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Infection Control

Proper procedure for sanitary napkin disposal

September 19, 2010
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Water and public works department websites of cities across the U.S. often include advisories that suggest ways customers can avoid water backup problems and prevent blockages and other sewer-related issues.

Although each department may have specific recommendations, it appears that one piece of advice is suggested over and over again to protect sewers and avoid plumbing problems: Do not flush sanitary napkins down toilets.

Danger of improper disposal
Repeatedly, these websites indicate that sanitary napkins and disposable diapers are the two major causes for water line backups.

One website advises: “Never put sanitary napkins down the toilet even if the labels indicate that you can do so. These were not meant to be disposed of in this manner and besides backing up lines, you could damage your plumbing system.”

Not to mention, if the sewer is blocked, the costs to repair it can be steep and can fall on property owners if they are at fault.

Some towns even recommend that property owners “carry specific insurance that covers the costs and damages related to sewage backups as a result of improper sanitary napkin disposal.”

Additionally, when feminine hygiene products and sanitary napkins are flushed down the toilet, they can pollute streams and rivers, cause hormonal changes in wildlife and enable harmful organisms to enter the food chain.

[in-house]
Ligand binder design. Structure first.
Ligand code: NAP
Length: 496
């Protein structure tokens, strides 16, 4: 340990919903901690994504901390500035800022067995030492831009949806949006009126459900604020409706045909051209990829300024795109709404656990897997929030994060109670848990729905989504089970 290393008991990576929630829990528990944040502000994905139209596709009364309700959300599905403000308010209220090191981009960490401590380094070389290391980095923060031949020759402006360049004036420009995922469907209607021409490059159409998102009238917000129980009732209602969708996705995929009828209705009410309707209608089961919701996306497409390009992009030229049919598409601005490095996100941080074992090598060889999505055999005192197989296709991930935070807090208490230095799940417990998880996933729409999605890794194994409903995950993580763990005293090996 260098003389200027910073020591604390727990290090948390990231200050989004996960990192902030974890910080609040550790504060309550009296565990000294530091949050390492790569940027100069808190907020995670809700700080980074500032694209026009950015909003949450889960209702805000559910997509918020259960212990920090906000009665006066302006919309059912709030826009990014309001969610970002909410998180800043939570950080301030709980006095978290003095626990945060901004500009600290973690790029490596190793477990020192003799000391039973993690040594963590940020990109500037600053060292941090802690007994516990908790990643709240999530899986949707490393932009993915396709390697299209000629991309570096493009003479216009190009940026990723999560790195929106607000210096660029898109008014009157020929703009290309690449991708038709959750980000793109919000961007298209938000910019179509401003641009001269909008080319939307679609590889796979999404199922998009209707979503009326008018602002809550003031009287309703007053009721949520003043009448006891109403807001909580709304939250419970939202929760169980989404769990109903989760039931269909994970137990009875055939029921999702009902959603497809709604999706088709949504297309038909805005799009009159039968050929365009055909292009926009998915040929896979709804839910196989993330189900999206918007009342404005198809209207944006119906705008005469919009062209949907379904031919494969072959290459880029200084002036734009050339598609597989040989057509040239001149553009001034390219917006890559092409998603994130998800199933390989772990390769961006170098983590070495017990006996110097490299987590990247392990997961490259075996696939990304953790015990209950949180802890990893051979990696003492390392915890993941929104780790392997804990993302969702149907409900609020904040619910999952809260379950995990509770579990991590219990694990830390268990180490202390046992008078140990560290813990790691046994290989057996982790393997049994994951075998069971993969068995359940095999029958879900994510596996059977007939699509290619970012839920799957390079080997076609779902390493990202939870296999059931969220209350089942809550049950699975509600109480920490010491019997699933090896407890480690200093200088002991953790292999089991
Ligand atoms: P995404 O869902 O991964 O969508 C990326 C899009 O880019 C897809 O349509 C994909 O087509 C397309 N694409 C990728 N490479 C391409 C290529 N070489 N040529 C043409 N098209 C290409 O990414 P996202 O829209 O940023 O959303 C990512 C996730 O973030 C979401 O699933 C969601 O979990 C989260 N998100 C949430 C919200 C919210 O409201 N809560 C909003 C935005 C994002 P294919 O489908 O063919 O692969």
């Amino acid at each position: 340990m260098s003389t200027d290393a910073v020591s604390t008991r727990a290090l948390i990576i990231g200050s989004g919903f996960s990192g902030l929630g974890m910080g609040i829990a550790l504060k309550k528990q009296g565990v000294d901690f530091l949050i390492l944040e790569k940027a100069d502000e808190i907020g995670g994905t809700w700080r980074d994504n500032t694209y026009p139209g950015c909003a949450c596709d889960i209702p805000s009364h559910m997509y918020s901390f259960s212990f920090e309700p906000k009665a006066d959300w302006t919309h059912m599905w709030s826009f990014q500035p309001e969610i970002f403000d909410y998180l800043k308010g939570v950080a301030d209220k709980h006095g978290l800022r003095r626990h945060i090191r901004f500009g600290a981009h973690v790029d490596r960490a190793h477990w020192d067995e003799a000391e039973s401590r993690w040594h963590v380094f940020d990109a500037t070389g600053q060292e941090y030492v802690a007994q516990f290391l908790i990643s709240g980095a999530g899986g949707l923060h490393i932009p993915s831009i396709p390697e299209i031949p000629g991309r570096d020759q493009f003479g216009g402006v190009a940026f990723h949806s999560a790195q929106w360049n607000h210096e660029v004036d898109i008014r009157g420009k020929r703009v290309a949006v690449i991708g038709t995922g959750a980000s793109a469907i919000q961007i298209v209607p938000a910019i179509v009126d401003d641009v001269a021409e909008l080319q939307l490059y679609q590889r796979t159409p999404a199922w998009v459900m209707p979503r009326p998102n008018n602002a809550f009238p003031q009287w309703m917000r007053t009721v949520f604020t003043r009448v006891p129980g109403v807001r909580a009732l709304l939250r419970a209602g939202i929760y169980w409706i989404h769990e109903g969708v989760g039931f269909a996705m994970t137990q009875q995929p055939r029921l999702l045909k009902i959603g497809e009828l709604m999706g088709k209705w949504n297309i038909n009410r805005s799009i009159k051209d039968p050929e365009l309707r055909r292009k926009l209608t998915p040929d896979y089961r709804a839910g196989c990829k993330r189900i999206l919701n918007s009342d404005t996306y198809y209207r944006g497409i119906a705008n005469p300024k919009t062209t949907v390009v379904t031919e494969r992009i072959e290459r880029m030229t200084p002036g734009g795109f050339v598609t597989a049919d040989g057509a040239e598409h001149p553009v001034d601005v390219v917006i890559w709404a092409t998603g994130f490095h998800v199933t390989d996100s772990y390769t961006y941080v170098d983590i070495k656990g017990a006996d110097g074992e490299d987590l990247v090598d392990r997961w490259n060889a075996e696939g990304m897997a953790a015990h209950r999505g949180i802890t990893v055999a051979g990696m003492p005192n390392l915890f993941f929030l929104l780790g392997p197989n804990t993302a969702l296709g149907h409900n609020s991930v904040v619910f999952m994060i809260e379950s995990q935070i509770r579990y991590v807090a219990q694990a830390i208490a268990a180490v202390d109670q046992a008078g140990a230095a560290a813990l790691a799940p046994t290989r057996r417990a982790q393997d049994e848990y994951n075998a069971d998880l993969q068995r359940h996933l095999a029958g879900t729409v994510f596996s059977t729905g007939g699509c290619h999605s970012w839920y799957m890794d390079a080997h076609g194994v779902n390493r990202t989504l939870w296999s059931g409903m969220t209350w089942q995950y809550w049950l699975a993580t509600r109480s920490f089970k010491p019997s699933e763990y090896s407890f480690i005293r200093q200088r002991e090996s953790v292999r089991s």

And, even though some manufacturers claim their napkins are soluble (will disintegrate), most are partially biodegradable at best.

Dealing with the safe and sanitary disposal of feminine hygiene products offers building service contractors (BSCs) profitable opportunities.

Hygiene issues
By the 1980s, disposable sanitary napkins were developed that were not as thick, were more comfortable for users and were more absorbent and effective compared to previous products.

“However, to call them sanitary is a bit of a misnomer,” says Doug Calvert, president of Cannon Hygiene Inc., a global restroom hygiene service company. “Although they are sanitary when first used, because the napkin is usually in use for a period of time, they become a breeding ground for harmful bacteria or germs when it comes time to dispose of them.”

Over the years, various treatments have been applied to combat the growth of harmful bacteria, reduce odors while in use, and keep sanitary napkins more hygienic.

However, in some cases, this has compromised comfort and caused irritation.

And still today, there is no known manufactured chemical or natural-ingredient treatment that has proven to effectively reduce or inhibit the growth of bacteria in the napkins for a prolonged period of time.

“This is why women must be sure to wash their hands thoroughly after removing sanitary napkins,” says Calvert. “And, it’s why cleaning professionals must be especially careful in how they handle and dispose of them, which is often not the case.”

Disposal issues